A Victim of Abuse Called Oslo

This agreement was, and still is, the only ripple of hope in 100 years of conflict

Israeli Prime Minister Yitzhak Rabin speaks to a crowd of more than 100,000 Israelis at Tel Aviv's municipal square shortly before being killed, on November 4, 1995

For many Israelis and Palestinians, assailing the Oslo Accord has become a mass-participation sport. A dim light was lit amid the darkness in September 1993, but all the tempests of the world united and still are uniting to extinguish it.

Both before and after this accord, extremists in Israel held “funeral ceremonies” for those who dared to sign it, while Hamas and other Palestinian extremists lined up against the deal. Yasser Arafat was accused of being a traitor. In Israel, extremists assassinated the symbol of Oslo, Prime Minister Yitzhak Rabin, while Palestinian extremists committed terror attacks every time the two sides managed to reach understandings.

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And afterward, people accused Oslo of all the sins the extremists from both sides committed. Did the Oslo Accord furnish Yigal Amir with the pistol he used to assassinate Oslo’s Israeli architect, Rabin? Did the Oslo Accord furnish the suicide bombers with the explosive vests they used to perpetrate attacks on Israeli civilians?

“They took his food, his clothes and his banners, and threw him into the well of the dead. They said: You’re a thief,” wrote the Palestinian poet Mahmoud Darwish under different circumstances, which nevertheless resemble the fate of the Oslo Accord. After having destroyed the agreement, they stand around its corpse, flogging it and shouting, “Why didn’t you bring peace?”

Nu, really. We should ask Oslo’s opponents: Is there a single part of Oslo’s body that you didn’t wound?

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My poor Oslo Accord. What did they do to you, the wicked and the purists alike? Those who crucify Oslo from the left scream that Rabin didn’t go far enough – as if the spectrum of opinion in Israel at the time lay between Gideon Levy and Amira Hass. They have forgotten that merely for recognizing the PLO, Rabin was depicted as a traitor.

Even former Prime Minister Ehud Barak, who today gives lectures on the history of fascism, opposed transferring Palestinian cities to the Palestinian Authority’s sovereignty. Barak asked the Palestinians to accept either whatever the masters gave them, or nothing. And in the end, we all got Benjamin Netanyahu.

And on the other side, many were heroes at Arafat’s expense, as if by signing the Oslo Accord, he caused the first intifada to fail. These honorable people have forgotten that during its waning days, the intifada had become a war among armed gangs, with no unified defense and a great deal of despair among a great many Palestinians.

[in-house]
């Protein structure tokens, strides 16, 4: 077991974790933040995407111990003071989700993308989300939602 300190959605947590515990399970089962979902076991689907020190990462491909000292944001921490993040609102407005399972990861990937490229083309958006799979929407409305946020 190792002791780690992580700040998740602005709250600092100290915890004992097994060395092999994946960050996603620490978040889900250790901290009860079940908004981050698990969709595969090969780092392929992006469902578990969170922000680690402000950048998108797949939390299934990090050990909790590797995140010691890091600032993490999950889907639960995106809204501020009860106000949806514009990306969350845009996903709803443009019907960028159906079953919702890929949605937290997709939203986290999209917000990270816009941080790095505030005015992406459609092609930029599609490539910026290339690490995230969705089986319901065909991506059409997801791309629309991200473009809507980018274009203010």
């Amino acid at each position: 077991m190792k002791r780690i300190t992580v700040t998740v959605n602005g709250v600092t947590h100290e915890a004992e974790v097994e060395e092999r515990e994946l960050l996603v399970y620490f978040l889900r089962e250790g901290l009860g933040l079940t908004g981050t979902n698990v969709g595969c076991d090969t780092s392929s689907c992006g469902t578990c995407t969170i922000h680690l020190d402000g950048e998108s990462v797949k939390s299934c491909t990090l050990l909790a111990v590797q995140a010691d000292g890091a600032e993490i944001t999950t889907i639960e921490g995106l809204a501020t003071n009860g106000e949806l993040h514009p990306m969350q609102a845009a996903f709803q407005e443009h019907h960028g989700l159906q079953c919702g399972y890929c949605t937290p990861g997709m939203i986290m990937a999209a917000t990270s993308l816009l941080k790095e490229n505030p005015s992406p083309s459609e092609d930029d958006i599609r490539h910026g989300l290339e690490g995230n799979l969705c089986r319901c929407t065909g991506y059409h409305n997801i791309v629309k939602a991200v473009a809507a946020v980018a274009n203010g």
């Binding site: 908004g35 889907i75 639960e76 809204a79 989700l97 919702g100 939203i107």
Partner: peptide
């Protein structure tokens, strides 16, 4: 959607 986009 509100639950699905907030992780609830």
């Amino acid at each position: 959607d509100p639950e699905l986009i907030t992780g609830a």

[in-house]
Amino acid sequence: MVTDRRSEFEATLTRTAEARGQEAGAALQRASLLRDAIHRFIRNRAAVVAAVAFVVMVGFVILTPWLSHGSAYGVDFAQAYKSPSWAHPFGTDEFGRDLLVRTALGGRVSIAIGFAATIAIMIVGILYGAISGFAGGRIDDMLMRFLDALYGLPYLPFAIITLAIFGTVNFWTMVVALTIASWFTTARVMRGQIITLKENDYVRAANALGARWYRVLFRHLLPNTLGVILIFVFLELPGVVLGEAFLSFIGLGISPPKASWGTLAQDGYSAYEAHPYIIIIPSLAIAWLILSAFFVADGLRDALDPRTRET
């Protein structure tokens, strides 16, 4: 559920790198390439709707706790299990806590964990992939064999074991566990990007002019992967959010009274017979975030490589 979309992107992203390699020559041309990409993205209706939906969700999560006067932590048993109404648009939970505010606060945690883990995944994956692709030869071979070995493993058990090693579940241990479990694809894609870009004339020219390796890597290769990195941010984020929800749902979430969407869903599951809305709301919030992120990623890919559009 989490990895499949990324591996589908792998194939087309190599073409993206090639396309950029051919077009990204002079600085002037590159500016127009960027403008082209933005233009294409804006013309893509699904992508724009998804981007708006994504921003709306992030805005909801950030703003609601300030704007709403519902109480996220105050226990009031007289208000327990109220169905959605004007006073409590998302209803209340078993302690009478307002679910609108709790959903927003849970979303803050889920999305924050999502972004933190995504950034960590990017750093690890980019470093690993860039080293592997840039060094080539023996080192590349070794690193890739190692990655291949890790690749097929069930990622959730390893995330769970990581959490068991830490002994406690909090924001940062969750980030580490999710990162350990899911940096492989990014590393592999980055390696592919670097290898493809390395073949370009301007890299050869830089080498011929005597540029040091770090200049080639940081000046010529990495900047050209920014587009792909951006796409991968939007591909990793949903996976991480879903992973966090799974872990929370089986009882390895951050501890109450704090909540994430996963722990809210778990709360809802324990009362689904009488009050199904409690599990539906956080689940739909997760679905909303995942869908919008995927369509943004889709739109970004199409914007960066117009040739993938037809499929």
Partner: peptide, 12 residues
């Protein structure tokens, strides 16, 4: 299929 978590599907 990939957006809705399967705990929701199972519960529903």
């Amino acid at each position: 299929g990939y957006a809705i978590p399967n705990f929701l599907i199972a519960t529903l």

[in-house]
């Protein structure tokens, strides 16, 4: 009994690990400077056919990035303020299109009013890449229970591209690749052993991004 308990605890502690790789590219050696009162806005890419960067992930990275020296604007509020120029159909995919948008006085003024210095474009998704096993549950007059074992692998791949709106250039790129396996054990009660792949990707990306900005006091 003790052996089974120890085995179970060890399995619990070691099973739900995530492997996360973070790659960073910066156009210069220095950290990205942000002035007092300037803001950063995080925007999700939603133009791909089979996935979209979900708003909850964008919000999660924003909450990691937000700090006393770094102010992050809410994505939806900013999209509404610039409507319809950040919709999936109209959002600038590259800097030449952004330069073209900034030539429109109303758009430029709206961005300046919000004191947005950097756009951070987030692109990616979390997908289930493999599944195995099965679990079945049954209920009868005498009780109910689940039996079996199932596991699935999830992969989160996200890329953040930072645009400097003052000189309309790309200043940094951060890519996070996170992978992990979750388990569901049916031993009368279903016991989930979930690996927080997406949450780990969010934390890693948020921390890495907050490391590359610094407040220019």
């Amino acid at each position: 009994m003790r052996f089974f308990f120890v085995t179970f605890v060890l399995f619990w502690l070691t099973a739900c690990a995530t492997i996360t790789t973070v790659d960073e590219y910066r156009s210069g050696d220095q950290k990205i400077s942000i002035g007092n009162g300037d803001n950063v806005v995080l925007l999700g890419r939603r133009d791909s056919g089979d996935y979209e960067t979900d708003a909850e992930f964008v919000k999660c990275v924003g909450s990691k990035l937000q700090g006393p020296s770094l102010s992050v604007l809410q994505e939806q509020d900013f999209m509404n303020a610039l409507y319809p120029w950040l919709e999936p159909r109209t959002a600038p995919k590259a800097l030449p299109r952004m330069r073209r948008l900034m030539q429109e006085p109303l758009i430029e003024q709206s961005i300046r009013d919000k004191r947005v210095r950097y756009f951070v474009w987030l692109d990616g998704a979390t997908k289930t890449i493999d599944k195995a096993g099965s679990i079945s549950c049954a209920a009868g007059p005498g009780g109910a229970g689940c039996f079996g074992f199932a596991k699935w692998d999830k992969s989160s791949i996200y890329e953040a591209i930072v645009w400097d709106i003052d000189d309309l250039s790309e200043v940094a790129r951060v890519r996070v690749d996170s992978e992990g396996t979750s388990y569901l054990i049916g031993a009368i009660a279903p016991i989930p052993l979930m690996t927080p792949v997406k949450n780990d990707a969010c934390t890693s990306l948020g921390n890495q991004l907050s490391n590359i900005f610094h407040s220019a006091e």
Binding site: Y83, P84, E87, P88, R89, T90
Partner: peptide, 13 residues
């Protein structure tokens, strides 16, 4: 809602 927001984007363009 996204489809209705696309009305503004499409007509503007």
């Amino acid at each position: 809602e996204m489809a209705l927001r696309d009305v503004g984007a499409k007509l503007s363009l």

>> The real Oslo criminals | Opinion

They have also forgotten the abuse of the Palestinian leadership by their “brothers,” the leaders of Arab states, each of whom converted the Palestinians’ interests into his own regime’s narrow interests. At that time, Arafat was ordered by Syria’s then-president, Hafez Assad, to leave Damascus within eight hours.

I’m not writing about the Oslo Accord 25 years after it signing in order to say that it was the ultimate agreement. In this “Swiss cheese,” as Barak called the agreement, the holes occupied more space than the cheese that strung them together.

But the Oslo Accord reflected the balance of power in Israel. The right had come out ahead in almost every election, and in that window of time after Rabin was elected in 1992, he tried, under very difficult circumstances, to effect substantive change in the relations between Israel and the Palestinians, first and foremost by recognizing the Palestinian people’s national leadership.

The Oslo Accord shattered many axioms, and to the “Oslo criminals” – by which I don’t, heaven forbid, mean the agreement’s supporters, but those who slew it with lies and unbridled incitement – it was a nightmare. Because this agreement was, and still is, the only ripple of hope in 100 years of conflict.

This ripple gave rise to a huge wave of hope and optimism that swept the entire world, and not just our region. And that is what the extremists were determined to bury deep in the earth. Therefore, those who must be brought to account for Oslo’s failure aren’t its stewards, but its destroyers.

Israeli extremists assassinated Rabin, while Palestinian extremists committed terror attacks every time the two sides reached understandings.